Chile’s Supreme Court has ruled in favour of Barrick Gold (TSX:ABX) (NYSE:GOLD), revoking the permanent closure of the Canadian miner’s Pascua-Lama gold-silver project.
The world’s largest gold miner, which completed its merger with Randgold at the beginning of the year, said the March 14 ruling overturned the Antofagasta Environmental Court’s order, issued late last year, and it also ordered to re-evaluate the project.
The ruling, however, didn’t determine the final faith of the long-delayed and polemic project as the case has been sent back to the Environmental Court for review by a different panel of judges, a process that could last several months.
Ruling, however, didn’t determine the final faith of the long-delayed and polemic gold-silver project, as the case has been sent back to the Environmental Court for review by a different panel of judges.
The top court did not review either the merits of the closure orders, which remain in effect and are subject to an appeal by Barrick.
The gold giant’s President and Chief Executive Officer, Mark Bristow, said the verdict was not helpful because it had only delayed a decision on the future of the Pascua-Lama project. He noted that the company remained focused on resolving the legal and environmental issues around the proposed mine.
Bristow, who last month met with Chile’s Minister of Mining Baldo Prokurica, said Barrick’s Chilean assets were an important part of its global portfolio.
“Chile is an investor-friendly country, with a significant mineral endowment, and which encourages the development of mining projects,” he said, adding that the company still believed there were “exciting opportunities” there.
The gold and silver mine straddling the border with Argentina has been shuttered since 2013, when a court ordered the company to halt construction over environmental concerns. Later that year, Barrick shelved the project citing massive cost overruns and nose-diving metal prices.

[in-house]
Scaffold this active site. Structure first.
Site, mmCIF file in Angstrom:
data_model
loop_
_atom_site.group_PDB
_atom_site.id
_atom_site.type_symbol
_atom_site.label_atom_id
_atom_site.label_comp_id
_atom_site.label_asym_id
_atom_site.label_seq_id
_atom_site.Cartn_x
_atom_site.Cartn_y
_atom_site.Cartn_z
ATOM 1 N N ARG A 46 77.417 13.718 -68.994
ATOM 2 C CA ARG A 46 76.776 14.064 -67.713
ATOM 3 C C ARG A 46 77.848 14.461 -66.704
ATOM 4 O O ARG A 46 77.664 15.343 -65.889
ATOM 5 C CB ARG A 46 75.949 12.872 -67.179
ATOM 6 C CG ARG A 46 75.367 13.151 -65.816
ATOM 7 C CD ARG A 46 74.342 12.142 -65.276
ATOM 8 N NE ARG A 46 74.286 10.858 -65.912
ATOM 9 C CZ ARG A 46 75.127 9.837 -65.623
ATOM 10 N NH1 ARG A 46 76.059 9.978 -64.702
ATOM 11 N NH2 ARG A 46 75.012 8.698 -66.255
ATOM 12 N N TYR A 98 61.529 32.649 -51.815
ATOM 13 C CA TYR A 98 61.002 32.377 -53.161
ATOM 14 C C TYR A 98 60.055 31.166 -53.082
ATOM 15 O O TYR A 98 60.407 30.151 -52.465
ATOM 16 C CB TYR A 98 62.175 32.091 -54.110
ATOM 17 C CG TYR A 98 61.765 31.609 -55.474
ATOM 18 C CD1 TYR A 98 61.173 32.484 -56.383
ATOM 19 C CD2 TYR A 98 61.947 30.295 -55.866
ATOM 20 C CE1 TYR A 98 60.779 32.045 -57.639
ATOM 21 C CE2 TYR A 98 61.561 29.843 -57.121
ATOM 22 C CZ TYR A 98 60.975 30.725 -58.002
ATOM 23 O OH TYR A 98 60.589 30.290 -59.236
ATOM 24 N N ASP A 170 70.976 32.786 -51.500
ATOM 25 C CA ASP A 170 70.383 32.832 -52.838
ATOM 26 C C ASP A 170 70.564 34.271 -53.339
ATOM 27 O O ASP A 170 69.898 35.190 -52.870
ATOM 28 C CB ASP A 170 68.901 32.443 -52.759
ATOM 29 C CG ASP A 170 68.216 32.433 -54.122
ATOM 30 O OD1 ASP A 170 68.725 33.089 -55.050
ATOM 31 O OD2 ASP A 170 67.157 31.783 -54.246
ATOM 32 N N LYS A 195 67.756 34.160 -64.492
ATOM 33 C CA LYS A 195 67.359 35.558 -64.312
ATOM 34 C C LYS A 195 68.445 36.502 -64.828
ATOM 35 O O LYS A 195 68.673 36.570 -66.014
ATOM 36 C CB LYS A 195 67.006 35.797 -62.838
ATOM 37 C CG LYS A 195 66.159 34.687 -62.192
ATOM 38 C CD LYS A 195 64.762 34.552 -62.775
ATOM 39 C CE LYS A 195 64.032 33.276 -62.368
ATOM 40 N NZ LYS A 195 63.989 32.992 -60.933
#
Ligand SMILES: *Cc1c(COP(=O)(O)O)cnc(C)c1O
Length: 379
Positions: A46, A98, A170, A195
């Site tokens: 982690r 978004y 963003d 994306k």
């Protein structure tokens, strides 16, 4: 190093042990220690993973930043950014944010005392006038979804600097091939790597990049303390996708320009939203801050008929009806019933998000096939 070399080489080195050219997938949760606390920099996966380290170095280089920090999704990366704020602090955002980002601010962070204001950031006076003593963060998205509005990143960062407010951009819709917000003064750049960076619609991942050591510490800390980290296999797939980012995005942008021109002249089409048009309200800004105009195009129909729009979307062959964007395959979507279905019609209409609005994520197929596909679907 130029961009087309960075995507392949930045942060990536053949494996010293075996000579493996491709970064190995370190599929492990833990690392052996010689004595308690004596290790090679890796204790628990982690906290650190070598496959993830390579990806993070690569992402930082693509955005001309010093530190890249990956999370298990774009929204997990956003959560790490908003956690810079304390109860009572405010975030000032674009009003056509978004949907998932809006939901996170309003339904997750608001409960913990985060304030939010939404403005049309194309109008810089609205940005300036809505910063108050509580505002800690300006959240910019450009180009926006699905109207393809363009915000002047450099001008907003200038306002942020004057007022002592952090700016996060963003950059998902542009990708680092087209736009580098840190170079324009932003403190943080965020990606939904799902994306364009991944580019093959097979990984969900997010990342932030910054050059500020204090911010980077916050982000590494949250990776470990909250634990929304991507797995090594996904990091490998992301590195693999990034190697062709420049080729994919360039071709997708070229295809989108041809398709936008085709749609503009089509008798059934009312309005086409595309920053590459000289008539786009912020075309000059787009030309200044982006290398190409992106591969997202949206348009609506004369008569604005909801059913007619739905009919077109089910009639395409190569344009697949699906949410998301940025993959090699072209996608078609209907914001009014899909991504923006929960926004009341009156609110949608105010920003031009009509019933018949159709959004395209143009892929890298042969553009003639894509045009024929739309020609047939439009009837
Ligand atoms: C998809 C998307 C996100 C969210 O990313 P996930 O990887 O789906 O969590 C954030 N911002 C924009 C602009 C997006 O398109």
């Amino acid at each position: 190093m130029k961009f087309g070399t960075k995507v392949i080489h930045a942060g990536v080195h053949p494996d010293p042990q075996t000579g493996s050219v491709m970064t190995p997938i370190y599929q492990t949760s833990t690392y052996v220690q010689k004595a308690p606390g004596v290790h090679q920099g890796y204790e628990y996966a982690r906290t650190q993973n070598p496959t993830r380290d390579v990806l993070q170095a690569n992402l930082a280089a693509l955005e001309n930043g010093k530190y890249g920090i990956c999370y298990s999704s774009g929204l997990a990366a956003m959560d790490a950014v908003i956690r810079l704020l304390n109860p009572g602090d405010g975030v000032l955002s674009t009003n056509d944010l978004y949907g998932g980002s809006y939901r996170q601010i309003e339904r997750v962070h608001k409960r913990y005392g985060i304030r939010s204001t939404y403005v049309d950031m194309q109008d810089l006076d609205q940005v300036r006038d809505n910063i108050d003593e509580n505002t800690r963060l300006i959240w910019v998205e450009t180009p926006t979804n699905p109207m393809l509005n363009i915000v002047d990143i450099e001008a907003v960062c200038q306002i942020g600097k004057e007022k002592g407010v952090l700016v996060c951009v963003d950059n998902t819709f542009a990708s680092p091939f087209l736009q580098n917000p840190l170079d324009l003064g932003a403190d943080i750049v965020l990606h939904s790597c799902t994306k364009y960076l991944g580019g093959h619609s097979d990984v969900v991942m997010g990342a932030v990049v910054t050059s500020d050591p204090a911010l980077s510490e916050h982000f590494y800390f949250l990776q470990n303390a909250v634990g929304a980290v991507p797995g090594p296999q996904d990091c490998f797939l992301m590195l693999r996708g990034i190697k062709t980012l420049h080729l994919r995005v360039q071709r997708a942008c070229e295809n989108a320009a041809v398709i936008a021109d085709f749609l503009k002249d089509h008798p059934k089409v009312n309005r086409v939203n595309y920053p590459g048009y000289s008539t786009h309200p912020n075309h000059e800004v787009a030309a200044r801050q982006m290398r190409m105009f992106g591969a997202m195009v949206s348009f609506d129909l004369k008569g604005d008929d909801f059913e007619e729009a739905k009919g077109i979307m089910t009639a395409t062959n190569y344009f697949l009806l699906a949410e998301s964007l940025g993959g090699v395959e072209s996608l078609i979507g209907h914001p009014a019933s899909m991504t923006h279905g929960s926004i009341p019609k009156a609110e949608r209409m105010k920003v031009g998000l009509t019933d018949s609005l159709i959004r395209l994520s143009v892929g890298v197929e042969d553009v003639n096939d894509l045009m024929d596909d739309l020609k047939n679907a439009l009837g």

From Open-Pit to Underground to Limbo
The original mine plan for Pascua-Lama, which required a capital outlay in excess of $8 billion, contemplated an open-pit operation that would have had an effect on three small glaciers in the Chilean side of the Andes. It also involved major construction in the area and huge waste dumps.
In 2016, Barrick began a “drastic revision” of the project and agreed to pay $140 million to resolve a US class-action lawsuit that accused it of distorting facts related to the controversial project.
The gold and silver project has been on hold since 2013, when a court ordered the company to halt construction over environmental concerns.
Shortly after, Barrick abandoned the idea of an open pit at the site, saying it planned to mine underground instead.
In April 2017, it sold a 50% stake in its Veladero mine in Argentina to Shandong Gold Group in a transaction worth $960 million. As part of that deal, which made the two firms strategic partners, the Shandong province-based gold miner committed to help Barrick move forward with Pascua Lama.
Later that same year, the company agreed to pay a further $20 million to a Chilean group in order to settle an arbitration case against the company filed last year after the gold producer halted payments settled in 2005.
Argentina has been an enthusiastic supporter of the project – while only around a fifth of the deposit is located in that country, many of the above-ground facilities will be built on that side of the border.
If it ever comes into production, Pascua-Lama would generate about 800,000 to 850,000 ounces of gold and 35 million ounces of silver per year in the first full five years of its 25-year life.
Barrick’s shares jumped on the news. They were trading slightly higher in Toronto (+0.29%) at C$17.48 by 9:45 am ET and 1.35% higher in New York at $13.18 by 10:00am ET.
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